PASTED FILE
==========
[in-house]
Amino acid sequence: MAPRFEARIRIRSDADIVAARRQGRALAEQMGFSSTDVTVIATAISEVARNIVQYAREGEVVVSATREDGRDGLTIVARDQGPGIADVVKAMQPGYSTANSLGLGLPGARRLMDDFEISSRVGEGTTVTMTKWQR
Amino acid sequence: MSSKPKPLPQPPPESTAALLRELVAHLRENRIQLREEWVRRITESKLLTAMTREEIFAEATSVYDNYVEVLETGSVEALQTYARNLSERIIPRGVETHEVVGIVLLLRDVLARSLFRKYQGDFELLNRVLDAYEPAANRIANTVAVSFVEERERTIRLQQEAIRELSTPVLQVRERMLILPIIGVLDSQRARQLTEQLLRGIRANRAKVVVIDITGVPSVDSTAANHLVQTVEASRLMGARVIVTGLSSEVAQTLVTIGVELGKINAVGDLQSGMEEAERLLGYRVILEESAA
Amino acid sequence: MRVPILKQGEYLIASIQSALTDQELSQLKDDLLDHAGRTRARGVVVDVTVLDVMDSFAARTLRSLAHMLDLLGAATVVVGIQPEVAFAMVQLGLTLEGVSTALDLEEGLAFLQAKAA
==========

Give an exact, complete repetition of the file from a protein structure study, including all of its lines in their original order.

[in-house]
Amino acid sequence: MAPRFEARIRIRSDADIVAARRQGRALAEQMGFSSTDVTVIATAISEVARNIVQYAREGEVVVSATREDGRDGLTIVARDQGPGIADVVKAMQPGYSTANSLGLGLPGARRLMDDFEISSRVGEGTTVTMTKWQR
Amino acid sequence: MSSKPKPLPQPPPESTAALLRELVAHLRENRIQLREEWVRRITESKLLTAMTREEIFAEATSVYDNYVEVLETGSVEALQTYARNLSERIIPRGVETHEVVGIVLLLRDVLARSLFRKYQGDFELLNRVLDAYEPAANRIANTVAVSFVEERERTIRLQQEAIRELSTPVLQVRERMLILPIIGVLDSQRARQLTEQLLRGIRANRAKVVVIDITGVPSVDSTAANHLVQTVEASRLMGARVIVTGLSSEVAQTLVTIGVELGKINAVGDLQSGMEEAERLLGYRVILEESAA
Amino acid sequence: MRVPILKQGEYLIASIQSALTDQELSQLKDDLLDHAGRTRARGVVVDVTVLDVMDSFAARTLRSLAHMLDLLGAATVVVGIQPEVAFAMVQLGLTLEGVSTALDLEEGLAFLQAKAA